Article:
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Java is a popular programming language businesses use to create different software applications. However, given the prevalence of online risks, companies need to guarantee the safety of their Java-based apps.

By adhering to Java security best practices, businesses may safeguard their apps and data from potential cyberattacks. 

In this article, we will explore some Java security best practices to develop secure software.

Java Security Best Practices for Businesses 

Here are some Java security best practices for businesses to look forward to:

7 Best Java Security Practices for Businesses

1. Keep Your Java Code Simple

The advantages of Java’s static typing and established linguistic norms begin to wane as complexity increases. Like with any program you write, the more code you have, the greater the chance vulnerabilities may appear. For the benefit of security, keep your code basic by following these suggestions:

  • Using access modifiers, implementation details can be abstracted away from end users. Use Private as frequently and everywhere you can.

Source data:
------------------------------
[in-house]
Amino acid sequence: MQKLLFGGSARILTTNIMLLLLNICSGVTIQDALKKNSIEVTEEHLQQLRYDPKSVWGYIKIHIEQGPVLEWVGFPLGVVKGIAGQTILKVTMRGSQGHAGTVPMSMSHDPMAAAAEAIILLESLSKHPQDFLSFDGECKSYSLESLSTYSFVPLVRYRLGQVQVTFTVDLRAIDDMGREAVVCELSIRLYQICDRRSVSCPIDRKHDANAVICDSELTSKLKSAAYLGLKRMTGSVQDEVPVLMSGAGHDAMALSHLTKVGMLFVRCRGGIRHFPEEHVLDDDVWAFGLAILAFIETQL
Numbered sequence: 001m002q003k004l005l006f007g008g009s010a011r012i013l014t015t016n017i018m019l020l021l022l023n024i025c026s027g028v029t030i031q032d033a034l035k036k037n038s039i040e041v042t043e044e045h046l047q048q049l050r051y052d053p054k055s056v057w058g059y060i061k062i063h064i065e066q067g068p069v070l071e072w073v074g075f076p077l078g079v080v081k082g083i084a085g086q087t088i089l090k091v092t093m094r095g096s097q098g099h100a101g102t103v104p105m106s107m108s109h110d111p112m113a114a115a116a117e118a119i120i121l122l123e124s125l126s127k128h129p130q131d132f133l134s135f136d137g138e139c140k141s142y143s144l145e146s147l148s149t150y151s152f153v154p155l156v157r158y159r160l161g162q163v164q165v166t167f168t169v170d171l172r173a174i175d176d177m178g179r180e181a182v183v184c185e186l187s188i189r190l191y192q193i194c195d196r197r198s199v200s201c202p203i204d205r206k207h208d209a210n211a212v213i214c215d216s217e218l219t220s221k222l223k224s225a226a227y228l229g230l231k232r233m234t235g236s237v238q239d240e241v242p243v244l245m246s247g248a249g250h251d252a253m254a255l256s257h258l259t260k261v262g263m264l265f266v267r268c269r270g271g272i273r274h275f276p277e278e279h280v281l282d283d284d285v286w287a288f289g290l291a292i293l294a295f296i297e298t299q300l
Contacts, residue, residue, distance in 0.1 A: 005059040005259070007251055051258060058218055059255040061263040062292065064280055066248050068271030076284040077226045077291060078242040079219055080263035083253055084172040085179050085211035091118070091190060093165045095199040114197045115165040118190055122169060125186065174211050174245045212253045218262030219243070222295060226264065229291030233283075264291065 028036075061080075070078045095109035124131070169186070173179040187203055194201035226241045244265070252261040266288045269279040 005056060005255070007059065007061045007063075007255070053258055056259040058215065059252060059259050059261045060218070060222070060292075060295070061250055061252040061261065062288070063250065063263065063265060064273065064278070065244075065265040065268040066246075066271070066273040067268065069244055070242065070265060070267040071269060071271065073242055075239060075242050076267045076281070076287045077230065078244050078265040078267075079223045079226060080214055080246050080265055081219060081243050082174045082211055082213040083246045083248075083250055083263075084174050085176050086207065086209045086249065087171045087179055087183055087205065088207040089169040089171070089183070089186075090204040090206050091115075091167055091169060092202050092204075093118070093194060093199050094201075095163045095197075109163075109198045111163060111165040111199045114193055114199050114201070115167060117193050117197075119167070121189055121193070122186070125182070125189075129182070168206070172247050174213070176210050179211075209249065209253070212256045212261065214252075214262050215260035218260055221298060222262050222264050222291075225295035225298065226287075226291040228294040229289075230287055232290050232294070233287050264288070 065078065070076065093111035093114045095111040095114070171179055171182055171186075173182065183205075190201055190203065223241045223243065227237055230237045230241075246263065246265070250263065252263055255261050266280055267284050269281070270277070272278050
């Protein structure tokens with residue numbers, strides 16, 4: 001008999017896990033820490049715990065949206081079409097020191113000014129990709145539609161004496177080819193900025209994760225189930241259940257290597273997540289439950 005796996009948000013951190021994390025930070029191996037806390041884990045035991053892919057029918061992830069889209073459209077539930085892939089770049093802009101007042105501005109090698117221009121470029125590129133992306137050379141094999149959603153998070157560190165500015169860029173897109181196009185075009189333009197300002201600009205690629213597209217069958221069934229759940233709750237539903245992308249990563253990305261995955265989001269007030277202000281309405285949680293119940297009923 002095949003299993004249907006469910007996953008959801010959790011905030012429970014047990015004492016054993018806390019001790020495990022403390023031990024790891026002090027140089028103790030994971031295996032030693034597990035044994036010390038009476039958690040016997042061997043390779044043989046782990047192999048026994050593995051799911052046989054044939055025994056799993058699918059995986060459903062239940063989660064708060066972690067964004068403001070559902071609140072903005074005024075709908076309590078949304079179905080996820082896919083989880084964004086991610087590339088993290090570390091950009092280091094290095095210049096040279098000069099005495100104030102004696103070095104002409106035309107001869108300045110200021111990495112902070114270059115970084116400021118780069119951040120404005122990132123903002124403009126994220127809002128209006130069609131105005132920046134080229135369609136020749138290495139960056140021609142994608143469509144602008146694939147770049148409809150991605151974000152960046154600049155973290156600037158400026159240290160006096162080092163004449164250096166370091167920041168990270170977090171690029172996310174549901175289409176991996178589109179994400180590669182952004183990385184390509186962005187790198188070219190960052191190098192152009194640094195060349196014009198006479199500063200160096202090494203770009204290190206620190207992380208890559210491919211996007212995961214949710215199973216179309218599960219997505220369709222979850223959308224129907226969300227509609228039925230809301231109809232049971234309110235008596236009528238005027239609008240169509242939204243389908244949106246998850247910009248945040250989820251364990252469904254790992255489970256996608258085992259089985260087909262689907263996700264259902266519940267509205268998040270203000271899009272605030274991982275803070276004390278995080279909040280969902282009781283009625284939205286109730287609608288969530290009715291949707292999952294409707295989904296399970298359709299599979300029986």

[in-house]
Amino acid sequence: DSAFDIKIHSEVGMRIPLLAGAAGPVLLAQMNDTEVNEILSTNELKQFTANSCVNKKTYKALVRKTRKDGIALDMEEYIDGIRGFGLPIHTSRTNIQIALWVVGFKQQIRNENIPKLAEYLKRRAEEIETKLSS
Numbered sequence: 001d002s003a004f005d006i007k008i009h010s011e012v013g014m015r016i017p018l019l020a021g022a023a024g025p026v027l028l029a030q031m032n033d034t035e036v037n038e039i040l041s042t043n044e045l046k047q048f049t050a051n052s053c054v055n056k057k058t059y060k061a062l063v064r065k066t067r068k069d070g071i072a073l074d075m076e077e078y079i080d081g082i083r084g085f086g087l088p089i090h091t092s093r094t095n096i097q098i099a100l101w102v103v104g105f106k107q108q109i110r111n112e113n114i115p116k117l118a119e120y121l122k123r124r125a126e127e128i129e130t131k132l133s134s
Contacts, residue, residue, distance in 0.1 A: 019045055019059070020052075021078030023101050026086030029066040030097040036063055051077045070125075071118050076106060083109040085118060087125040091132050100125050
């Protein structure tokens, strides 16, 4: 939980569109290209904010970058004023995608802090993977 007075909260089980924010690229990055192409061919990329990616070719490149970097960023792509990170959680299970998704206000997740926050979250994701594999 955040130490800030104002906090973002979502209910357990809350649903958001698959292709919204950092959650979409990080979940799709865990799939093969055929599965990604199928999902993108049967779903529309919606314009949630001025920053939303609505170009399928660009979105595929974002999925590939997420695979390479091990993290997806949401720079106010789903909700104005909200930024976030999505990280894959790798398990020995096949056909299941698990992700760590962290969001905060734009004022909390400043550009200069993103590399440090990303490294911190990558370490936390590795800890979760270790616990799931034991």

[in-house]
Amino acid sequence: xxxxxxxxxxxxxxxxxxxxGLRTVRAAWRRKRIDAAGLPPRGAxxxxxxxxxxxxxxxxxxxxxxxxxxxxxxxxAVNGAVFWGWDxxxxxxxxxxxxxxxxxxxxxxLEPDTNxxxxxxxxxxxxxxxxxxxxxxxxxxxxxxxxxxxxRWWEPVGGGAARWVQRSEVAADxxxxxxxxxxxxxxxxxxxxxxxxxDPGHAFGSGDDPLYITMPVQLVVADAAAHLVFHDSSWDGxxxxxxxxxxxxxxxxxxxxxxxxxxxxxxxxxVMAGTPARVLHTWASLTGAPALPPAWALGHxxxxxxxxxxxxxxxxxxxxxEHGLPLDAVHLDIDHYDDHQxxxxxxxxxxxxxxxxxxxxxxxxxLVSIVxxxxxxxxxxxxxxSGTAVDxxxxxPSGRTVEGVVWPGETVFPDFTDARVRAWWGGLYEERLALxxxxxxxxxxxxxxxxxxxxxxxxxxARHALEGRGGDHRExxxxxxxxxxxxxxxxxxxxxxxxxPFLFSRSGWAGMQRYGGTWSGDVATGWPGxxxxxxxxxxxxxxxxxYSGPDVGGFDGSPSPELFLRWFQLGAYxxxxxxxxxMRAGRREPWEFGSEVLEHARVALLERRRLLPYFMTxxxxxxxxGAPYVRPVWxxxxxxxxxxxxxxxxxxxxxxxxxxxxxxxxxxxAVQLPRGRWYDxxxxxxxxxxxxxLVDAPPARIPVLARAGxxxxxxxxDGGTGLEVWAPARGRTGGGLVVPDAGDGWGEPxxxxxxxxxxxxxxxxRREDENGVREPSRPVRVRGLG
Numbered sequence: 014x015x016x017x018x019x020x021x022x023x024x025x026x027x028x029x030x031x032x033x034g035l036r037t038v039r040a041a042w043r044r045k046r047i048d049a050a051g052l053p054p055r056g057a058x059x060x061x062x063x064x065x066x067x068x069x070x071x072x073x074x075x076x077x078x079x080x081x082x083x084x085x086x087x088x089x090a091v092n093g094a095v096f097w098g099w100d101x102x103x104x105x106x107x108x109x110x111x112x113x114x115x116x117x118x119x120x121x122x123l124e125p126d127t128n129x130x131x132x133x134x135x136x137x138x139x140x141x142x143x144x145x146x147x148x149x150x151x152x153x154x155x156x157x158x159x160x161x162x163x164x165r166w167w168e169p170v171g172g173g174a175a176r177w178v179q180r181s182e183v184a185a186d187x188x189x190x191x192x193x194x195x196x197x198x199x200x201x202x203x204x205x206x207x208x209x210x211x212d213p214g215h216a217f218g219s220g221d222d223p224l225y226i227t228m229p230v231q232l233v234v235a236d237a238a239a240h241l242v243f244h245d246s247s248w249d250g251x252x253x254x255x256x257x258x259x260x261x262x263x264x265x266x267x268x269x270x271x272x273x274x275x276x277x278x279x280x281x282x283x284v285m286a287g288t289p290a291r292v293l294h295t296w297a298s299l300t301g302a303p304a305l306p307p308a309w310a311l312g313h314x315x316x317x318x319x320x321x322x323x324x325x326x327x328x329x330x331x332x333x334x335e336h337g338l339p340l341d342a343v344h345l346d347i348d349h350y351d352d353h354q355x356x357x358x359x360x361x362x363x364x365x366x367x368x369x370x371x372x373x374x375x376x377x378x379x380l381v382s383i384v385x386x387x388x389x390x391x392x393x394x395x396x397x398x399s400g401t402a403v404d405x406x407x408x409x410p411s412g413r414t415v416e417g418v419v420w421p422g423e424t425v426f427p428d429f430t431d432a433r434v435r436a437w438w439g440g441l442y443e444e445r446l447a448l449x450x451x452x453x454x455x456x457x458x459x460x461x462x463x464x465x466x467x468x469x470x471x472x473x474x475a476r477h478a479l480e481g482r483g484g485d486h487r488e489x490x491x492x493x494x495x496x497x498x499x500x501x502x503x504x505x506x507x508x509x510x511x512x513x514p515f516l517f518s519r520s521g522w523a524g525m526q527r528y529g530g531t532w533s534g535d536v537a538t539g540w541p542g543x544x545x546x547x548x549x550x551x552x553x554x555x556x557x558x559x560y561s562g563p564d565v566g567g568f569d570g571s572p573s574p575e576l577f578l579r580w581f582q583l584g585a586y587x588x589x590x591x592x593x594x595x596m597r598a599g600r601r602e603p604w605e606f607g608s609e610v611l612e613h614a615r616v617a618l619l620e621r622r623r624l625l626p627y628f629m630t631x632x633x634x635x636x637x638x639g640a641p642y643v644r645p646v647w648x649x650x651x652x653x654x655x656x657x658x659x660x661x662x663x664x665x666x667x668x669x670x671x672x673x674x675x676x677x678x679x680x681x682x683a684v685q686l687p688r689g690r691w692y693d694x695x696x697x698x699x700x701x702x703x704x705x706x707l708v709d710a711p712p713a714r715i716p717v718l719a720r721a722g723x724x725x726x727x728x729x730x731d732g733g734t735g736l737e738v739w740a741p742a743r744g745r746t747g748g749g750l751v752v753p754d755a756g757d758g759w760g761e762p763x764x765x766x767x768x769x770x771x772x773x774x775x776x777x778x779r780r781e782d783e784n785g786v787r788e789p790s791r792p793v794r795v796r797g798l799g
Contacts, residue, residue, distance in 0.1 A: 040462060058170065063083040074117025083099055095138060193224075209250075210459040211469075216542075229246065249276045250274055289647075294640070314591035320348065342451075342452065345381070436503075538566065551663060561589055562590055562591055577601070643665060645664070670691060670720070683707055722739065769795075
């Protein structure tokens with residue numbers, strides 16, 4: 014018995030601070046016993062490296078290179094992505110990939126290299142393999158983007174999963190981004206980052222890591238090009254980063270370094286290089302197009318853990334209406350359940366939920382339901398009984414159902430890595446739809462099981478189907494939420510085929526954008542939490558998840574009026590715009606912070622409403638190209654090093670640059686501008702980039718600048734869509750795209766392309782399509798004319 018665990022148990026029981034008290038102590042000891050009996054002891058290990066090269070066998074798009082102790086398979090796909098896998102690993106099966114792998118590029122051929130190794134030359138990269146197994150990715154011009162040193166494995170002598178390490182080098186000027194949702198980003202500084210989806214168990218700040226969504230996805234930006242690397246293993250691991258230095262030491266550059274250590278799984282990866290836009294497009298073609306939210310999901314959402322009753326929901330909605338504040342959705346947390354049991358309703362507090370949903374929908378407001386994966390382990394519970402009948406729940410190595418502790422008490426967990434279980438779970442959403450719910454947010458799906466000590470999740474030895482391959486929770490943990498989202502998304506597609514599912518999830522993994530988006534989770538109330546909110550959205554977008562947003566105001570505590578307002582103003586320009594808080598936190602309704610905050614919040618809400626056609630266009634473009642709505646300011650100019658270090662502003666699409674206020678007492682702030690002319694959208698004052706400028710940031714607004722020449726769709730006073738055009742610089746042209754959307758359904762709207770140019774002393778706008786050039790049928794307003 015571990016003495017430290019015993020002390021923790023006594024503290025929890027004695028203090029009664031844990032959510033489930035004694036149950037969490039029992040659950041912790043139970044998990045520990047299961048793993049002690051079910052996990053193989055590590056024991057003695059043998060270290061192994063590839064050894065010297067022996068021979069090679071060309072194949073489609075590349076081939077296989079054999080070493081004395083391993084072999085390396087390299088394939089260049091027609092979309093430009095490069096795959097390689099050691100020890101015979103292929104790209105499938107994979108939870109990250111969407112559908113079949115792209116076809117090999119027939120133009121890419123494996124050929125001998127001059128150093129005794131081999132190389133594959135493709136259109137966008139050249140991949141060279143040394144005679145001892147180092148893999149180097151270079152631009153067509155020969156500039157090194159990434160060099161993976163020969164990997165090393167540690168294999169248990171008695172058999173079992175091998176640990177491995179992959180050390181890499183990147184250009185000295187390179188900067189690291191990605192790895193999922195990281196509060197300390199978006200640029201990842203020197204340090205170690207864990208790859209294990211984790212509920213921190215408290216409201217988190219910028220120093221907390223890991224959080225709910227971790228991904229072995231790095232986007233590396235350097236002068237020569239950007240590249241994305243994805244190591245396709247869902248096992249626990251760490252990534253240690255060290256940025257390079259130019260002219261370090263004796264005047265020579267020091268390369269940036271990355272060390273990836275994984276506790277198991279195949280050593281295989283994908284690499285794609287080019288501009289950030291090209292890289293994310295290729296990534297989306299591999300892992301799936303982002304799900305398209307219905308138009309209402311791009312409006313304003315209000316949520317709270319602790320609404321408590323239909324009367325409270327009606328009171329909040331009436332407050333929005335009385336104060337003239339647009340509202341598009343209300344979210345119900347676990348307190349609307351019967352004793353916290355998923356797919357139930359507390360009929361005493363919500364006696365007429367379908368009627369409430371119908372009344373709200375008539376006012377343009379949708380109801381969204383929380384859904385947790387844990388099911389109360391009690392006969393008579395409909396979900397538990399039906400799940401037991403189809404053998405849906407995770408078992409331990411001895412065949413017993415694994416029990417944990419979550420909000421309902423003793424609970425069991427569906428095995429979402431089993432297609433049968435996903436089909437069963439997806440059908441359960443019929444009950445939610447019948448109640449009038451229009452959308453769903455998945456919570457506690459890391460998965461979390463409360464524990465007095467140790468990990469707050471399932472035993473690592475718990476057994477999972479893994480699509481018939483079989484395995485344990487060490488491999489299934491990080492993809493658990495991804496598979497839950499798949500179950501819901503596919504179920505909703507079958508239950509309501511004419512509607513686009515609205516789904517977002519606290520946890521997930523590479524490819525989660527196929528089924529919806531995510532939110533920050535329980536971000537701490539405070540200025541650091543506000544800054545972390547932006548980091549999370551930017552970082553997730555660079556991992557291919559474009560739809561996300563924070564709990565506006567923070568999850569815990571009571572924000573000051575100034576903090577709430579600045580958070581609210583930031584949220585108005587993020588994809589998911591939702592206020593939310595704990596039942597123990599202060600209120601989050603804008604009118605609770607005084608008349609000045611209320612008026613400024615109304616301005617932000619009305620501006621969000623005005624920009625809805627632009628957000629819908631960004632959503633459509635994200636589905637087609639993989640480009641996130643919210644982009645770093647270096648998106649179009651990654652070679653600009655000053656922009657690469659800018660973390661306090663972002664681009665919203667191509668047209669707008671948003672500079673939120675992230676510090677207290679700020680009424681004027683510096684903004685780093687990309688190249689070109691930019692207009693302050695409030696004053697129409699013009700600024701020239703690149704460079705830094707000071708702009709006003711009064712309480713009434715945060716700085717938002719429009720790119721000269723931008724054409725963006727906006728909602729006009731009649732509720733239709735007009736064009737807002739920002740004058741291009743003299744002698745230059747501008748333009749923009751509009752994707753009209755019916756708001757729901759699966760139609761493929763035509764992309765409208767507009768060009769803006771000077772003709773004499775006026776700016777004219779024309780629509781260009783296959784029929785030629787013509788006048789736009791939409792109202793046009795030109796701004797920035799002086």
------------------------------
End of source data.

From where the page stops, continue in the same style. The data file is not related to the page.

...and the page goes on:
• Your API should be categorized and made modular. 
  • Check your code release for the most recent vulnerabilities.

2. Use Libraries That are Proven and Popular

Open-source libraries are frequently used to speed development and lay the groundwork for innovation. It’s crucial to select libraries that are widely used and frequently updated.  Popularity encourages frequent updates and increases the number of concurrent users viewing a project. The more eyes on the project, the more probable flaws will be found and fixed before your code is pushed into production. 

Using open-source and tested libraries can decrease your software’s security risks and help you maintain Java security best practices in your codebase. 

3. Use Modules to Isolate Internal Code

Java provides access modifiers and module structure. Utilizing these features is a fantastic first step to writing Java code that is more reliable and secure. 

Java modules are a set of packages created for reuse. Aside from the public classes and interfaces in the exported packages, all classes and interfaces in a module’s packages are encapsulated. It means that although the classes and interfaces in other modules’ packages are public, programs outside the module cannot access them.